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Jmee Lynn Widjaya brought her lean business skills to Sun Life Financial after working in the aerospace, banking and media sectors. (Matthew Sherwood For The Globe and Mail)
Jmee Lynn Widjaya brought her lean business skills to Sun Life Financial after working in the aerospace, banking and media sectors. (Matthew Sherwood For The Globe and Mail)

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There's heavy demand in all sectors for ‘lean’ specialists Add to ...

When Sun Life Financial goes to market to bolster its growing team of “lean” business specialists, it faces wide-ranging competition – jostling on job boards with companies as varied as Telus, Bombardier, Toronto’s Hospital for Sick Children, Shoppers Drug Mart, Kraft Foods and the City of Vancouver.

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On any given day, there are hundreds of postings on Canadian online job sites for people with formal certification in techniques known as Lean and Six Sigma, as well as the strong managerial skills needed to lead organizational change.

The two techniques are methodical, detailed approaches to analyzing and solving problems and improving efficiency and quality. The techniques began in manufacturing (Lean at Toyota, Six Sigma at General Electric), and trained specialists are now in hot demand across all sectors.

Organizations are eager to find people with skills to analyze how they operate, identify waste, and devise better and more cost-effective methods of delivering quality goods and services.

“There’s quite a bit of competition [for talent] out there,” said Andre Gonthier, senior recruiting consultant at Sun Life. “Every business is looking to improve itself and, quite frankly, that’s what we’re trying to do.”

Sun Life is introducing a management system based on lean principles and has been recruiting for positions such as a process director to “manage a portfolio of transformation and improvement efforts,” and senior business process consultants to assess the performance and capability of processes and operational groups, “identify opportunities and champion proposals for improvement.”

“These are very important roles … and it sounds like a cliché, but it’s about taking us to the next level,” Mr. Gonthier said. “We believe that this is providing real value to how Sun Life does business.”

Salary depends on experience. One ad gave a starting range of $75,000 to $97,000 and others in the field say senior positions pay much more.

Here is a look at the demand, the opportunities, and what it takes to develop these hot skills:

The practitioner

Jmee Lynn Widjaya, a business excellence delivery leader at Sun Life, was first exposed to lean business principles in the aerospace industry, where she landed a job after graduating with an honours bachelor’s degree in business administration from Wilfrid Laurier University in Waterloo, Ont. Her employer at the time sponsored her initial “green belt” certification training in 2002, and she went on to acquire her “black belt” – the top level – at York University’s Schulich School of Business. She worked in the banking and media sectors before being recruited by Sun Life Financial this year.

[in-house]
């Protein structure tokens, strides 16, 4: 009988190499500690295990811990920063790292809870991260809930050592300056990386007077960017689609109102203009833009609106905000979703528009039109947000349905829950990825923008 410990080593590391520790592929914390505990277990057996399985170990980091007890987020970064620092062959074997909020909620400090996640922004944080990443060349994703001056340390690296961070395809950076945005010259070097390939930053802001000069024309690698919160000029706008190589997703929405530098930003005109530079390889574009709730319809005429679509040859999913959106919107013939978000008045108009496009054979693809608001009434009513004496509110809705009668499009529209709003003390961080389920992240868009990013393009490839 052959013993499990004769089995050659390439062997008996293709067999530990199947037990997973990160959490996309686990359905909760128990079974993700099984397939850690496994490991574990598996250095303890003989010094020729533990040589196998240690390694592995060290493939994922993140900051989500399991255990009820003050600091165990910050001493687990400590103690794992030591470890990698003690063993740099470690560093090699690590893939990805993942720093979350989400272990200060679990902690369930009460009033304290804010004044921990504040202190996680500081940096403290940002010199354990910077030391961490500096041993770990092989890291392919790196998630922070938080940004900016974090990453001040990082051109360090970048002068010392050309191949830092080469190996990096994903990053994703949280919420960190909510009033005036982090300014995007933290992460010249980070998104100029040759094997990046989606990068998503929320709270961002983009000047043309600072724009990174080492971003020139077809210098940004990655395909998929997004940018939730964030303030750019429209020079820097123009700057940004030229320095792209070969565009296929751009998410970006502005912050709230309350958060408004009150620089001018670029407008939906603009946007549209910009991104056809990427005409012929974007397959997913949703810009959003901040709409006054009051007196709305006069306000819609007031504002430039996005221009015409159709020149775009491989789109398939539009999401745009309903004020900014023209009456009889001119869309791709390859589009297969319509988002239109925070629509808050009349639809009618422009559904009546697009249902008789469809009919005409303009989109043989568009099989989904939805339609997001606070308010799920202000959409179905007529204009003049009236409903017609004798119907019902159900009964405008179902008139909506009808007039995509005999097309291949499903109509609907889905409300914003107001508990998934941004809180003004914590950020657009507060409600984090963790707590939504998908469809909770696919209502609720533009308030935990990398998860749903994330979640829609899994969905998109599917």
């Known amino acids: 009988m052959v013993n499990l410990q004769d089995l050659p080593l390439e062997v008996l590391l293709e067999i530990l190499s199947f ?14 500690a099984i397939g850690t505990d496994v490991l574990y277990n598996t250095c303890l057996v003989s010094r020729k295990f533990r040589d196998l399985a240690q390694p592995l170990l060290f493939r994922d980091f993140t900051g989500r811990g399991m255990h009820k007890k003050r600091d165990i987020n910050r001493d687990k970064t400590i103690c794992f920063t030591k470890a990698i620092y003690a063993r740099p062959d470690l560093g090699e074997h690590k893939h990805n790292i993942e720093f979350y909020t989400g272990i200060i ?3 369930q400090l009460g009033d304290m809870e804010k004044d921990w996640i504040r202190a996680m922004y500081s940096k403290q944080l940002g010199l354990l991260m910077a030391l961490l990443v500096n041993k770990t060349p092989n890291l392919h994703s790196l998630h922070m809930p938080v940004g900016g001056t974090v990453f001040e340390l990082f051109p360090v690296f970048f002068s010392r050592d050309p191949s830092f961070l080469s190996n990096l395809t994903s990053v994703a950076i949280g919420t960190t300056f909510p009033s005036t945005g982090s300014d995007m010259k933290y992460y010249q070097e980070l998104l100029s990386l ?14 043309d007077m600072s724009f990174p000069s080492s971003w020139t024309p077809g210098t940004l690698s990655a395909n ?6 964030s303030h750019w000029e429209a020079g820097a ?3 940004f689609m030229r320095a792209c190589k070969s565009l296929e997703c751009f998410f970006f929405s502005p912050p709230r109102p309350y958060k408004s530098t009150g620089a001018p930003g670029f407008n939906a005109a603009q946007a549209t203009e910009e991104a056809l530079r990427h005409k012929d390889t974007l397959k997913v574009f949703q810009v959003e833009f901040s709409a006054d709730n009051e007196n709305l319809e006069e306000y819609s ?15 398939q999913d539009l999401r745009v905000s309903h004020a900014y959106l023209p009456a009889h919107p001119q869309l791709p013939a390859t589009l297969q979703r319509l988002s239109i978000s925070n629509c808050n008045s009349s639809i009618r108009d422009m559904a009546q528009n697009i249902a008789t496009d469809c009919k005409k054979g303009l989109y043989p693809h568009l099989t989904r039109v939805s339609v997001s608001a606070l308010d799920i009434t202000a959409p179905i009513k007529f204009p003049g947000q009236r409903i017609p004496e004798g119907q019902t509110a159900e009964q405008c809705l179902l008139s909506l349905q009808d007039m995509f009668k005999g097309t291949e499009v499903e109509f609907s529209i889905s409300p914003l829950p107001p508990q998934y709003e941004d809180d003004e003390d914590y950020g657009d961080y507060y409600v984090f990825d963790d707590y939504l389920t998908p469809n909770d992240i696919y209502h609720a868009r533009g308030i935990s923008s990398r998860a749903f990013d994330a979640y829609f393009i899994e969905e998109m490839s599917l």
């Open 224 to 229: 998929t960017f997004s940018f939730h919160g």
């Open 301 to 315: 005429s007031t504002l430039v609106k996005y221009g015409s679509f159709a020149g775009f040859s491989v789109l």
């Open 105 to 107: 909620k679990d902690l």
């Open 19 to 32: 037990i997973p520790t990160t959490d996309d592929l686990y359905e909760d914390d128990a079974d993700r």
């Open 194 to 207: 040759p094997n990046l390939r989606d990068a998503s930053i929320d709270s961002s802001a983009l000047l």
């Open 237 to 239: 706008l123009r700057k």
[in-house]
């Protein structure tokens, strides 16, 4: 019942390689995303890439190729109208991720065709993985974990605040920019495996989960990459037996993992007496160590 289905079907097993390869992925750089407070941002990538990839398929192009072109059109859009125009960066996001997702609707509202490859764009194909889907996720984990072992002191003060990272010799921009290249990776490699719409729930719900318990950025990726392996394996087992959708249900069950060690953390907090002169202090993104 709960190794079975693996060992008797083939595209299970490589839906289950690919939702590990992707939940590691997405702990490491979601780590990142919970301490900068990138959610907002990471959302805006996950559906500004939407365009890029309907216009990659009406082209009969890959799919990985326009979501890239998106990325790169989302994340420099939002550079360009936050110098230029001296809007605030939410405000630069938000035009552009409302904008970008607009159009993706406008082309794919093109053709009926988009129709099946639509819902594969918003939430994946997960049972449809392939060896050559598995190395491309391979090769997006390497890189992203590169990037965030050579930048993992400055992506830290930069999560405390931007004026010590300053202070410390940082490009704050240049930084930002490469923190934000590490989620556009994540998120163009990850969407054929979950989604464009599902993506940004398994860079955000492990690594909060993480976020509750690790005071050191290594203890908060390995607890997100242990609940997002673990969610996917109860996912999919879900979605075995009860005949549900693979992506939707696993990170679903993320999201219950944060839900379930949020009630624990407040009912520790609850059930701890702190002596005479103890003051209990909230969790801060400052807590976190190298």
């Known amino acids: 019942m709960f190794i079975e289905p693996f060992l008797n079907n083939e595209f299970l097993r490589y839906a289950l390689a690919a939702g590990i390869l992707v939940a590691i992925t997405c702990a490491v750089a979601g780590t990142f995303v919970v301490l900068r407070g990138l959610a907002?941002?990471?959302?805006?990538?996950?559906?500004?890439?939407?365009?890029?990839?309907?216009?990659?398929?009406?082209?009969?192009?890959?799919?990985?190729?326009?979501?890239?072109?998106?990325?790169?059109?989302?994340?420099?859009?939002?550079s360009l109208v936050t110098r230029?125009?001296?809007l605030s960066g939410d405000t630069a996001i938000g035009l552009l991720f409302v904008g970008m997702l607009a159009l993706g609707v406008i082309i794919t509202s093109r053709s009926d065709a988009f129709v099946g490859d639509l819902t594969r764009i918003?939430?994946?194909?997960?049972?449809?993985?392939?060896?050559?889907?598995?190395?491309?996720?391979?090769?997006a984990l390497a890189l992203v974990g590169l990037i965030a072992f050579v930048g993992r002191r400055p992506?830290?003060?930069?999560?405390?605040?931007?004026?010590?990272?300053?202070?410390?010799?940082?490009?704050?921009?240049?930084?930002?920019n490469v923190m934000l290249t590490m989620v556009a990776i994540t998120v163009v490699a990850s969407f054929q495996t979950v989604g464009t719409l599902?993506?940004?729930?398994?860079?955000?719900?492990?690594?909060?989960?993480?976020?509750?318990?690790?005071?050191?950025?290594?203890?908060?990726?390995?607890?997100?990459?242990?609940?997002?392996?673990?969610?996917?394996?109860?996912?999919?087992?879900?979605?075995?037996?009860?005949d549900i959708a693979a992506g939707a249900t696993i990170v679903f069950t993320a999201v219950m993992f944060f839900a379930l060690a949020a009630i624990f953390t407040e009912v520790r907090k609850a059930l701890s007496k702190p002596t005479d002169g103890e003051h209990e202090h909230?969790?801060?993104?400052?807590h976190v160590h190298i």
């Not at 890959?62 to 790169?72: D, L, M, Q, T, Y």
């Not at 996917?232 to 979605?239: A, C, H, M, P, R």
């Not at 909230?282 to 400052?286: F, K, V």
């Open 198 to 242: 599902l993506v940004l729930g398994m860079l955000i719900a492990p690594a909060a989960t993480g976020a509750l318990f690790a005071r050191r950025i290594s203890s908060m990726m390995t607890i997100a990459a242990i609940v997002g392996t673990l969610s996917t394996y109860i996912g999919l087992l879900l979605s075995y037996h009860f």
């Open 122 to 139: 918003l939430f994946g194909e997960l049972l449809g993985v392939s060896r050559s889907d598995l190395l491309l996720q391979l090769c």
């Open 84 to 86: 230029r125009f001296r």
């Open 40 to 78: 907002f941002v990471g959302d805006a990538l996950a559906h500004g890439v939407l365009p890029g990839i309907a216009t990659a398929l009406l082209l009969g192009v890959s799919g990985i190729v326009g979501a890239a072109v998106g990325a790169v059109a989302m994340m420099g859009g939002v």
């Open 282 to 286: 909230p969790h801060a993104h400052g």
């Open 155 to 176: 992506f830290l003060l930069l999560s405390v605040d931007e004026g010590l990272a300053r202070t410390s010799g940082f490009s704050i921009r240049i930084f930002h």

She said the most sought-after practitioners have strong people skills and hard technical skills. “We bring our set of tools and methodology, but then we really lean on the people who are intimately involved with the process to help us understand what they do and why they do it,” Ms. Widjaya said. “Through brainstorming sessions, they come up with ideas that we help them shape into projects that … will achieve the [desired] goals and benefits.”

The recruiter

The most valuable candidates are those who have a university degree, some business experience and a certificate in lean business processes, which most business schools offer through their continuing education divisions.

Mr. Gonthier usually recruits people with actuarial, engineering or business administration backgrounds, but the door is not closed to someone with an arts degree who has mastered the Lean Six Sigma methodologies.

“Process improvement isn’t limited to one department. It is across this organization, so people who join us have the opportunity to meet a lot of people, use a lot of different skills that wouldn’t necessarily come to the forefront when you think about this type of work,” he said. “One of the key components is asking questions, understanding what Sun Life’s business is and how innovative it needs to be.”

The trainer

Rod Morgan is vice-president of program management at e-Zsigma (Canada) Inc., a process improvement consulting firm, and an instructor in Lean Six Sigma at Schulich. He said his students are mainly adults from a range of business backgrounds such as banking, health care and manufacturing.

The training is customized to their industry needs and they require some practical experience, in addition to the classroom or online lessons, to earn Lean Six Sigma certification.

“One of the biggest things, when organizations are hiring these skilled resources, is that they know this skill set is totally transferable,” he said. “You can take this skill set that you are applying in a service organization, walk across the street and apply it in a manufacturing company, or walk across the street and apply it in a hospital.”

 

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